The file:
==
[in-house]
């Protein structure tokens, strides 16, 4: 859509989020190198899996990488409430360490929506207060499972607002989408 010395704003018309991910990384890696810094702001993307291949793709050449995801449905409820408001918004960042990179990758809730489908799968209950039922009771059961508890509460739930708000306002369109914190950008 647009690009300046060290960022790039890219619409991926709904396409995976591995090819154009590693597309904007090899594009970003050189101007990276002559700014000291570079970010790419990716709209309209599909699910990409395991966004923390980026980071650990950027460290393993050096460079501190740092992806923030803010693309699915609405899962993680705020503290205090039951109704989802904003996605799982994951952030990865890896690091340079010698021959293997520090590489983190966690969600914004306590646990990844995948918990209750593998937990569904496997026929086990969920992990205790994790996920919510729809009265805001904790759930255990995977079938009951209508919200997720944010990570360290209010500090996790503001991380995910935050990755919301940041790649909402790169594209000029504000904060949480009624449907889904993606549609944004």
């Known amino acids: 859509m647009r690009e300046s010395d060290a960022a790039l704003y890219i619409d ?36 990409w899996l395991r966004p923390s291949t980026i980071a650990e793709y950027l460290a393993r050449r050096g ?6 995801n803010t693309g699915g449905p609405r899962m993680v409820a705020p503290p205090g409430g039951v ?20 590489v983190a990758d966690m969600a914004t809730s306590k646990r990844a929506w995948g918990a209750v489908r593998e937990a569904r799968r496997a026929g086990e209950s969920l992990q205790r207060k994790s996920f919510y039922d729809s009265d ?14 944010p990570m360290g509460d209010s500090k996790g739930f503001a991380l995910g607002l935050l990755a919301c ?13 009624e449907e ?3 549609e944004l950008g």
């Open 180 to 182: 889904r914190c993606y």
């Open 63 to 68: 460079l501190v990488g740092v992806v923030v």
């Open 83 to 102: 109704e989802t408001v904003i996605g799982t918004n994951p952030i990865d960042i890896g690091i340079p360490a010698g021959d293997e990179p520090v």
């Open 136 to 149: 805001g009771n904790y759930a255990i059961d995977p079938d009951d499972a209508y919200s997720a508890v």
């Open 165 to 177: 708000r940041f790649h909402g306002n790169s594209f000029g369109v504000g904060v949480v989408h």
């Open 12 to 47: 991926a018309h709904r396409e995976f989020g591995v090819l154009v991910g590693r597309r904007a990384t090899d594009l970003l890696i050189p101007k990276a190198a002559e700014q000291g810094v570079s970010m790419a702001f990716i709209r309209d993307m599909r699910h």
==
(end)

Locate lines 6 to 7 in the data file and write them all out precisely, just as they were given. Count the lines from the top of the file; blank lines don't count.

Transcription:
């Open 83 to 102: 109704e989802t408001v904003i996605g799982t918004n994951p952030i990865d960042i890896g690091i340079p360490a010698g021959d293997e990179p520090v």
């Open 136 to 149: 805001g009771n904790y759930a255990i059961d995977p079938d009951d499972a209508y919200s997720a508890v």